Smallpox

It has wiped out armies, killed Kings and Pharaohs, and devastated civilisations for at least 3000 (and possibly up to 10,000) years, yet the first written records mentioning smallpox only date back to 4th century China. Trade links and the expansion of empires probably brought the disease to Europe in the 7th century, and Europeans …

Scary Tales

In the words of her own grand-niece Rosalind Constable, Favell Lee Mortimer wrote “one of the most outspokenly sadistic children’s books ever written” [New Yorker, 1950 – subscription required], yet she topped the Victorian best-seller lists and was well-regarded as an educational author. Today is the 139th anniversary of her death, and the book referred …

1977-2017: 40 years of the Queen’s Medical Centre

On 28th July 1977, Her Majesty Queen Elizabeth II opened The Queen’s Medical Centre, the first specifically-built teaching hospital in the UK. This marked her Silver Jubilee. Manuscripts and Special Collections holds a number of the hospital’s papers and photographs, including those relating to the opening event, which were acquired in October 2012. The University …

Take a Gander at Goose Fair

The first week in October can only mean one thing: the annual Goose Fair has opened on the Forest Recreation Ground! Here are a few images of previous Goose Fairs, mainly taken from old picture postcards, to get you in the mood before you go.                 Originally fairs were …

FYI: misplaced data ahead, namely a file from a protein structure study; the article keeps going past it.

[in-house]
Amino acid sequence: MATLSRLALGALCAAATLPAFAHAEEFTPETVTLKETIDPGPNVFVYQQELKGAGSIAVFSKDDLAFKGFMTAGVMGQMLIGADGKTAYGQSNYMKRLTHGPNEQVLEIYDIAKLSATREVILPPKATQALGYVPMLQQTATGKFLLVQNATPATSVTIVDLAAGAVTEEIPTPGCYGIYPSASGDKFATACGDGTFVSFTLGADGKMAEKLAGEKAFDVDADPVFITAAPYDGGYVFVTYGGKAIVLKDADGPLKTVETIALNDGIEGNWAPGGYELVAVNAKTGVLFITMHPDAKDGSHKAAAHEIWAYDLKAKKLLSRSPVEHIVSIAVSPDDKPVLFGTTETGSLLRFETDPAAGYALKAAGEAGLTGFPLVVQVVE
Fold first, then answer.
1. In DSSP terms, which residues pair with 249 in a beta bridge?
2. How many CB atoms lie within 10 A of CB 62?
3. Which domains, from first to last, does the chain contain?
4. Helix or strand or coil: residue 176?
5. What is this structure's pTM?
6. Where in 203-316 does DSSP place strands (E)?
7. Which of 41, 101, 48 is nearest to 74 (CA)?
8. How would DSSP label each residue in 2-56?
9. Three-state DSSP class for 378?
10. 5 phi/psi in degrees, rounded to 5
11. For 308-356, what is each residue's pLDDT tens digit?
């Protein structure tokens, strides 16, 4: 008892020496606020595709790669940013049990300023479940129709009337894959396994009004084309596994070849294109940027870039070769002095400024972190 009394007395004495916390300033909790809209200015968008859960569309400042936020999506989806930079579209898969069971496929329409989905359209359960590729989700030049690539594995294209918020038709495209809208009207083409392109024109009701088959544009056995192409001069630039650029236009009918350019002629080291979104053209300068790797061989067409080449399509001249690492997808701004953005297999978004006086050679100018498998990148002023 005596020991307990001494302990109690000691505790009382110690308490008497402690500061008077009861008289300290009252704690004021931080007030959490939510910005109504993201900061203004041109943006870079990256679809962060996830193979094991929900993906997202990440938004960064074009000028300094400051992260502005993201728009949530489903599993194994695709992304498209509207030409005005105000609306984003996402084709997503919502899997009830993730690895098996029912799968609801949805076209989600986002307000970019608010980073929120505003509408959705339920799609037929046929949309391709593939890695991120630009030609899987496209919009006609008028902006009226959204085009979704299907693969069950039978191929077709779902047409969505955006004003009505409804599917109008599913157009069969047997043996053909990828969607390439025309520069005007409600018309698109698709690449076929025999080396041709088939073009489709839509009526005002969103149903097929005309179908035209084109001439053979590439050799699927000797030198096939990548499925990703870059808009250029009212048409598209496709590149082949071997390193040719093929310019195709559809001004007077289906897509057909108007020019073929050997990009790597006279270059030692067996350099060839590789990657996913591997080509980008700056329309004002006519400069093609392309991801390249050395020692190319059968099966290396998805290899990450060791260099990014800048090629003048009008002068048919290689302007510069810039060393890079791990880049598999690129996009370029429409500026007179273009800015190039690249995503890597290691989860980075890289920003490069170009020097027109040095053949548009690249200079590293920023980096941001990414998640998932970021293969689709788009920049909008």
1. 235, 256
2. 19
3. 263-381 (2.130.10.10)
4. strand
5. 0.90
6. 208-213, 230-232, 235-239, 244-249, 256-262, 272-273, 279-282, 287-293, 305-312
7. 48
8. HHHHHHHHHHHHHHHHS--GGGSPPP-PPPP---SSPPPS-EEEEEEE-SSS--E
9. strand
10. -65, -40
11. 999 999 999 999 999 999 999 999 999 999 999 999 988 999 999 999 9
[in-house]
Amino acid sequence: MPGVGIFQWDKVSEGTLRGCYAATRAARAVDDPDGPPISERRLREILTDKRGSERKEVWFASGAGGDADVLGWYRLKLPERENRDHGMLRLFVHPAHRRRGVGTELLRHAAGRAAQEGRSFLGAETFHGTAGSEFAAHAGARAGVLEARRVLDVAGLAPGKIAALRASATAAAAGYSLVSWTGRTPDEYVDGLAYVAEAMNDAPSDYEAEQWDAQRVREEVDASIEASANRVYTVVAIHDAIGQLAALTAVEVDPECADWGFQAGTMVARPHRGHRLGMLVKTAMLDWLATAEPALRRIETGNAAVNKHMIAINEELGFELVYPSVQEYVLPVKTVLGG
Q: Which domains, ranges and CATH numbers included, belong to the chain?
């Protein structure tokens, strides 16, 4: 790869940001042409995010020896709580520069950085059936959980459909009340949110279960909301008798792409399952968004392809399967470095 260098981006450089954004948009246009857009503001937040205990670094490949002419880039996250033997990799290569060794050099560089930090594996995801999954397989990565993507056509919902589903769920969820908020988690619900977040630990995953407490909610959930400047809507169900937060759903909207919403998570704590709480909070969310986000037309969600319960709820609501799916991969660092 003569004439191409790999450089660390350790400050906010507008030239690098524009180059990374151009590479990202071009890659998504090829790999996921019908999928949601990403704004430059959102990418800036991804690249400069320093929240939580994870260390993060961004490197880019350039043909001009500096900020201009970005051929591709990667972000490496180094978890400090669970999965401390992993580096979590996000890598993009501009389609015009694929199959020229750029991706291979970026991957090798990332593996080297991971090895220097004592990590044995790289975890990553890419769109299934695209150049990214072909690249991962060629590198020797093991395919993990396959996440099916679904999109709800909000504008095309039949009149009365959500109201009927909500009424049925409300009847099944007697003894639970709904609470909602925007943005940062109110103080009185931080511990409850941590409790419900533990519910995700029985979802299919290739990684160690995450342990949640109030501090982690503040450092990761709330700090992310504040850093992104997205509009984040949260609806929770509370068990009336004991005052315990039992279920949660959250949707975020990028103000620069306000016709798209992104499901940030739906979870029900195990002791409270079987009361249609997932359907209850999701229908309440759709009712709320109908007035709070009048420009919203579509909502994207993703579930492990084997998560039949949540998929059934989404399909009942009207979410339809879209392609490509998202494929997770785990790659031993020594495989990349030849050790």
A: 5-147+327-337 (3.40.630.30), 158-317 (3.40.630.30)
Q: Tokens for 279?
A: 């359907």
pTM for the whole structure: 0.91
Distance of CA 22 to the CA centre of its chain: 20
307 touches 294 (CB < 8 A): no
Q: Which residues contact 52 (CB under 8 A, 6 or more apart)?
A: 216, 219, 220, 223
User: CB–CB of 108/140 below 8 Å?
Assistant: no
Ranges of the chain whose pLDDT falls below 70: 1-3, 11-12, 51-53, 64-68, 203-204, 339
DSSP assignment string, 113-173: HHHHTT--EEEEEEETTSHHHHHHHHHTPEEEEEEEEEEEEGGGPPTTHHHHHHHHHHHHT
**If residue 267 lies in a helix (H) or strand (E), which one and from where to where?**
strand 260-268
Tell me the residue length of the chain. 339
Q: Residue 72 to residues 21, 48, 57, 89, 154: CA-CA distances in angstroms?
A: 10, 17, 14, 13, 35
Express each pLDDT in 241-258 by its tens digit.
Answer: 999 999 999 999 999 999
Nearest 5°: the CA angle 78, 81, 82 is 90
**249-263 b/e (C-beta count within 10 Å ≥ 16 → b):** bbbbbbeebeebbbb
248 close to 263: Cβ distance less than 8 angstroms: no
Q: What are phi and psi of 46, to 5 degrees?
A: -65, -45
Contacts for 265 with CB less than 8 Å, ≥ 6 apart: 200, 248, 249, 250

Pirates!

Ahoy there readers! No, this is not a post about digital piracy or illegal file sharing, but the sea-faring pirates of old, to mark that most frivolous of parody holidays, International Talk Like A Pirate Day. Originally started in America as an in-joke between friends, it has become an annual charity fundraising day, where participants …

Happy birthday KMC!

Happy 10th birthday to us! Ten years ago today, the Reading Room at The University of Nottingham’s then-newest campus at King’s Meadow welcomed its first visitors. The Basement     Since 1973, Manuscripts & Special Collections had been based in the lower level of Hallward Library on University Park Campus. The lack of space had been a …

Mr William Saville’s Crime

William Saville (1815-1844) is not a resident that Nottingham, or any other city, would boast about. The child of a violent drunkard who grew up to become a murderer would have been little more than a footnote in Nottingham’s history had it not been for the terrible events at his execution. The whole story is …

Happy Anniversary, Russian & Slavonic Studies!

Did you know that Russian has been taught at Nottingham for 100 years? The academic year 1915/16 saw the very first students enrolled on Russian language courses at what was then University College Nottingham. It began with one member of staff on a temporary contract to try to encourage the study of Russian, and led to the founding of …

Nottingham Blitz

Seventy-five years ago today, Nottingham residents emerged from their shelters into daylight to survey the devastation caused by an air raid and anxiously find out whether their friends and family were safe. For some, their worst fears were realised. Over 150 people were killed in the ‘Nottingham Blitz’, with several hundred more injured and over …

Picturing Shakespeare

Tomorrow, the 23rd April, is the quartercentenary of the death of William Shakespeare (1564-1616). We, and the Library more generally, have been celebrating Shakespeare throughout April. If you visited the Reading Room this month, you will have seen some of the wonderful books in our Cambridge Shakespeare Collection on display. It owes its existence to Henry Thomas Hall (1823-1894), a resident of Cambridge and …